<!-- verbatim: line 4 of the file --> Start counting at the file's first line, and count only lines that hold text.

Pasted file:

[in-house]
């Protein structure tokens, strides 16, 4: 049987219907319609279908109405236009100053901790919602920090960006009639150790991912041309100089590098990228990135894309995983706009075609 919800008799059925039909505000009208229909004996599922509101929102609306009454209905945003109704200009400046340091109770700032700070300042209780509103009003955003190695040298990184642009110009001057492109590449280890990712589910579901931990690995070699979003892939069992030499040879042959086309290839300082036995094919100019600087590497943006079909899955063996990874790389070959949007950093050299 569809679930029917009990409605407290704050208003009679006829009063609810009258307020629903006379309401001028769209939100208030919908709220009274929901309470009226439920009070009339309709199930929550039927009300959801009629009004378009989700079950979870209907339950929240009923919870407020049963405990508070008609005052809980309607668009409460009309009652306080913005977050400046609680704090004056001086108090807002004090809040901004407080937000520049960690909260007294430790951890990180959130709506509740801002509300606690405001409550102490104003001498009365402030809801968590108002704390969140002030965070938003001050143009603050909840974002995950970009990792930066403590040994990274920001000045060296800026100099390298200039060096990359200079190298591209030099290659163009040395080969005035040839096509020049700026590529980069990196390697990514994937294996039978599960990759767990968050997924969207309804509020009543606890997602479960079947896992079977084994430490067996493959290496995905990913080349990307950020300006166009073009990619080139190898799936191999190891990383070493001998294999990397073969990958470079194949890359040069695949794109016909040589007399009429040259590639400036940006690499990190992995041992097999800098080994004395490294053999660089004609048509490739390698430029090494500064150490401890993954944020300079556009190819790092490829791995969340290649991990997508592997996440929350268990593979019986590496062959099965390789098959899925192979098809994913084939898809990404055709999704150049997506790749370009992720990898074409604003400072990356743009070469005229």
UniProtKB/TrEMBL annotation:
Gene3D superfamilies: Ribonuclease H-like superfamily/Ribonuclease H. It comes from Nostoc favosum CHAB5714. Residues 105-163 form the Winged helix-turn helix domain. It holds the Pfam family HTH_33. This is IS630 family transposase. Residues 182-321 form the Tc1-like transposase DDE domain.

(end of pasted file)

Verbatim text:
Gene3D superfamilies: Ribonuclease H-like superfamily/Ribonuclease H. It comes from Nostoc favosum CHAB5714. Residues 105-163 form the Winged helix-turn helix domain. It holds the Pfam family HTH_33. This is IS630 family transposase. Residues 182-321 form the Tc1-like transposase DDE domain.